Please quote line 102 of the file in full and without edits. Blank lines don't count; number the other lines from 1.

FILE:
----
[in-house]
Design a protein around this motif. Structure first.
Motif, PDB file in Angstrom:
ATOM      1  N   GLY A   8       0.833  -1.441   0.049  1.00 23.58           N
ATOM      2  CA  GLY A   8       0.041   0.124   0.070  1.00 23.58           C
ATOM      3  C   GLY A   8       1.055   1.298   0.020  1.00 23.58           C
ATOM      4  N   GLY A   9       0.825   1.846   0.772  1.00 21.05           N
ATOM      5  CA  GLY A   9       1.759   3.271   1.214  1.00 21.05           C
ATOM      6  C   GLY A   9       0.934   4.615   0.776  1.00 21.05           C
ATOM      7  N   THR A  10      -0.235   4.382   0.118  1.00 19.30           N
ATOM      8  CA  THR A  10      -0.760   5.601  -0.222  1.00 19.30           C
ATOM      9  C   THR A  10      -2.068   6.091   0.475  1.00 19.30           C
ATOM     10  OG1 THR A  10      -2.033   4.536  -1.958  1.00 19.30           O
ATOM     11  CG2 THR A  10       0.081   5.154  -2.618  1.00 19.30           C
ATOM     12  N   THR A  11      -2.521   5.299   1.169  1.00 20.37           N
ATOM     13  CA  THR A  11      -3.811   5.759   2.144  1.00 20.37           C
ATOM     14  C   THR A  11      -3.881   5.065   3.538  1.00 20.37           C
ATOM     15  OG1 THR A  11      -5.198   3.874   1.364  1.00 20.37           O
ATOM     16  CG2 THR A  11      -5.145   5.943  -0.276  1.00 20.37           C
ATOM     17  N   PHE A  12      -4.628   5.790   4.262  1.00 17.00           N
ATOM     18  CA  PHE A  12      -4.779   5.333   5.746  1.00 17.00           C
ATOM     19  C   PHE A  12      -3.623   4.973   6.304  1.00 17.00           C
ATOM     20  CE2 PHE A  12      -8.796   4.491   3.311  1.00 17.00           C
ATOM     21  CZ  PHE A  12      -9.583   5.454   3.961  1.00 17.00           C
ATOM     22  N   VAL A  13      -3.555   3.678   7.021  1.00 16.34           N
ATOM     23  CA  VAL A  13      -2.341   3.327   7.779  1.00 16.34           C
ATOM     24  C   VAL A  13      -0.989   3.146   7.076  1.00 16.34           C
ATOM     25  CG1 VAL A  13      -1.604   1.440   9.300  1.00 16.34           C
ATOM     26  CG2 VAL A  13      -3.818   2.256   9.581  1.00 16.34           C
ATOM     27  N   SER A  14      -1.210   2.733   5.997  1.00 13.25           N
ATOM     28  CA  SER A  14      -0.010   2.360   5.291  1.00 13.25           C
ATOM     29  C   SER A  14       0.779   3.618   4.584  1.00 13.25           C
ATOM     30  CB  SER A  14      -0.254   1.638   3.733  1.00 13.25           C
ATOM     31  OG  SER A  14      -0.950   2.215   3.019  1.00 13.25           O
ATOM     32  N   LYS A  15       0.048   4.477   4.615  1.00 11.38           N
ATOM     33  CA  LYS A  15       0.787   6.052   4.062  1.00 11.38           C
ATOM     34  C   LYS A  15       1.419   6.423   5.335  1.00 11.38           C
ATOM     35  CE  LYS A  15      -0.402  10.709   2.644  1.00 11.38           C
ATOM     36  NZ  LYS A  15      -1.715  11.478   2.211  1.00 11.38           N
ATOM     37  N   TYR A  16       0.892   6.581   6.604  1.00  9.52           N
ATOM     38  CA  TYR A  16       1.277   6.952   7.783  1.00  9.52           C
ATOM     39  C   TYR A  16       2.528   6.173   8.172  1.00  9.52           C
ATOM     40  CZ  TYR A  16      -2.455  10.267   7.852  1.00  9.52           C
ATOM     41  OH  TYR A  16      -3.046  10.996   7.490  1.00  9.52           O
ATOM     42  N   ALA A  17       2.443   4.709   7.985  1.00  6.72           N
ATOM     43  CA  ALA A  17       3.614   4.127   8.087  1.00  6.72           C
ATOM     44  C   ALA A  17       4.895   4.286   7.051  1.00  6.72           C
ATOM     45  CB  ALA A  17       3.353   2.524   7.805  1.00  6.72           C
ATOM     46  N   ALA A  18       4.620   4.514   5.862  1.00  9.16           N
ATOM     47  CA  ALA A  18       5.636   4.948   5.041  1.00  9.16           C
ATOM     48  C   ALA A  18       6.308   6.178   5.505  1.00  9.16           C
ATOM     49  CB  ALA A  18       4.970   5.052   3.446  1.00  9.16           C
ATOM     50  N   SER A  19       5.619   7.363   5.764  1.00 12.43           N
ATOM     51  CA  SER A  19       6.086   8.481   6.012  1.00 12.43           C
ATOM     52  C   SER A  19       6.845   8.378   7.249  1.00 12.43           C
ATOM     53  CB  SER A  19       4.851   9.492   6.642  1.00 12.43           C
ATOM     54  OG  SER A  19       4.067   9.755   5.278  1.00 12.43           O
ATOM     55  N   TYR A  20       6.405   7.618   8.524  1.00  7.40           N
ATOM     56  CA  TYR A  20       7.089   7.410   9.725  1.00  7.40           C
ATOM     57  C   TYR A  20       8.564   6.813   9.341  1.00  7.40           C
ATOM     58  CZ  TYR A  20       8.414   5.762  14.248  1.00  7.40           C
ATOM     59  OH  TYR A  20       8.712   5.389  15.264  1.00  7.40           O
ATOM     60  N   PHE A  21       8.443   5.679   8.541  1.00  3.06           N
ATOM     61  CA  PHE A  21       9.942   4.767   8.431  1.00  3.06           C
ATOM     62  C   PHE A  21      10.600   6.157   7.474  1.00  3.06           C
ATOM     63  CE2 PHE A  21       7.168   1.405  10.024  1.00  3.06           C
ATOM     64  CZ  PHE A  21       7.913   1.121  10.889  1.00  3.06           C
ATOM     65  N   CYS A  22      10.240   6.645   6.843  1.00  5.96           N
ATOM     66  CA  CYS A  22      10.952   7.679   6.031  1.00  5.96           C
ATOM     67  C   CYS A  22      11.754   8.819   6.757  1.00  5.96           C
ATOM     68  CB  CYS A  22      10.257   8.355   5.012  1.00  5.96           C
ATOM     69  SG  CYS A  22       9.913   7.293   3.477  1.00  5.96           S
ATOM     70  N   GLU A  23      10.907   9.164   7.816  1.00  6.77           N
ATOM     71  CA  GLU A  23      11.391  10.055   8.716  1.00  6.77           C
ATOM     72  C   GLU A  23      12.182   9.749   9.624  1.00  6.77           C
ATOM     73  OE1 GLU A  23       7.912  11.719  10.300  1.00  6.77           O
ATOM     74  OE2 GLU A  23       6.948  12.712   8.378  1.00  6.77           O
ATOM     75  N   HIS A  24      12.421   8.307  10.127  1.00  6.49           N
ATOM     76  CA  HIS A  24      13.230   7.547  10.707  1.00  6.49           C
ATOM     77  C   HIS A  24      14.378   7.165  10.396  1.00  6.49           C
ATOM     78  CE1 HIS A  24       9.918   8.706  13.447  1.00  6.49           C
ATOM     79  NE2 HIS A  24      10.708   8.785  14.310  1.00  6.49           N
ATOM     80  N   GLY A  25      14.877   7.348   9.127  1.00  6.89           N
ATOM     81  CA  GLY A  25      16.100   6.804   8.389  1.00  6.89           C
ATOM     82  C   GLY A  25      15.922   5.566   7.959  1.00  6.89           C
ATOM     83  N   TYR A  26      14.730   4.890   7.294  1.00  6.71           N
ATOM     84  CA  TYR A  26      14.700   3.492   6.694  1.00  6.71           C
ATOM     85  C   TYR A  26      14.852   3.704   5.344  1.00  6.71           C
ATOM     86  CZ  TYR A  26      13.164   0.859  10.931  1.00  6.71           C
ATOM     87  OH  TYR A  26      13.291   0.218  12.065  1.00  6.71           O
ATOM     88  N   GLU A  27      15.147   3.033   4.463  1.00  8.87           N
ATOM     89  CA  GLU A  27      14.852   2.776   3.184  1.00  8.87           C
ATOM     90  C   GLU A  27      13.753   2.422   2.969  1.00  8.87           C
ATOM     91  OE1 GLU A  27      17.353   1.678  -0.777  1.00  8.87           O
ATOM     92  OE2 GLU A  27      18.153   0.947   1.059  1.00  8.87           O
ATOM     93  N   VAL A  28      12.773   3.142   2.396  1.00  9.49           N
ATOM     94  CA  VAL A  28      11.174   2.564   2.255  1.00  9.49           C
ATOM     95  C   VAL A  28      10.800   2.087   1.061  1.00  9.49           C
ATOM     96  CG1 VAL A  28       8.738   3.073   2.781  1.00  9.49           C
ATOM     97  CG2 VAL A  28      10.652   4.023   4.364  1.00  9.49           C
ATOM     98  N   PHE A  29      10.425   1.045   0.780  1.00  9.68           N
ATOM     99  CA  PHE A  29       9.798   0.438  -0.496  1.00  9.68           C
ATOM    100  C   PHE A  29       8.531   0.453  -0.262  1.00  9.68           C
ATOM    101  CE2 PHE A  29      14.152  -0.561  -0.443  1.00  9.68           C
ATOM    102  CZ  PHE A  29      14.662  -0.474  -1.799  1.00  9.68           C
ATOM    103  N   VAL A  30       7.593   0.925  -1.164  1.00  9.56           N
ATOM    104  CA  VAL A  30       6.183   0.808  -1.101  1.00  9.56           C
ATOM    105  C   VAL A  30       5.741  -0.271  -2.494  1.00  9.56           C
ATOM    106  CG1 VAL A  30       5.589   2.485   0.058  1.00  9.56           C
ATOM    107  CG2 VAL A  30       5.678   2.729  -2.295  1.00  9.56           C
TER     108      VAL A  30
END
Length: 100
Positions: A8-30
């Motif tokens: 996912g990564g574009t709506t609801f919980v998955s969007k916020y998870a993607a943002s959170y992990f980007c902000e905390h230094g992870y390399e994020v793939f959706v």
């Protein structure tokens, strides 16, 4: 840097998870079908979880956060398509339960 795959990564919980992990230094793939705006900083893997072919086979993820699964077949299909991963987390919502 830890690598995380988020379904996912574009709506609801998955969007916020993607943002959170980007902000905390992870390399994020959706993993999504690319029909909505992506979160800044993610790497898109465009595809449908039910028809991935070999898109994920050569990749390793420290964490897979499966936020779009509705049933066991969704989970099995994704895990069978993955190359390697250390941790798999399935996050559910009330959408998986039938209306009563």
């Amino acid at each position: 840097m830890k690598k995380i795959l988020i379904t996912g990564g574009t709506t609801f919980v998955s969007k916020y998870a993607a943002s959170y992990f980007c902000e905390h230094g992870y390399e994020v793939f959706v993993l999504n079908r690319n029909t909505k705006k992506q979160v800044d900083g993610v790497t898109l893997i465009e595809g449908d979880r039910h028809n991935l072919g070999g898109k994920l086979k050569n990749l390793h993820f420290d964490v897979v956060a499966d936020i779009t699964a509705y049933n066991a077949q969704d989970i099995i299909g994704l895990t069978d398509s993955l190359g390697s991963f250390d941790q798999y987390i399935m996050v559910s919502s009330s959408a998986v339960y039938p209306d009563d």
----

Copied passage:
ATOM     99  CA  PHE A  29       9.798   0.438  -0.496  1.00  9.68           C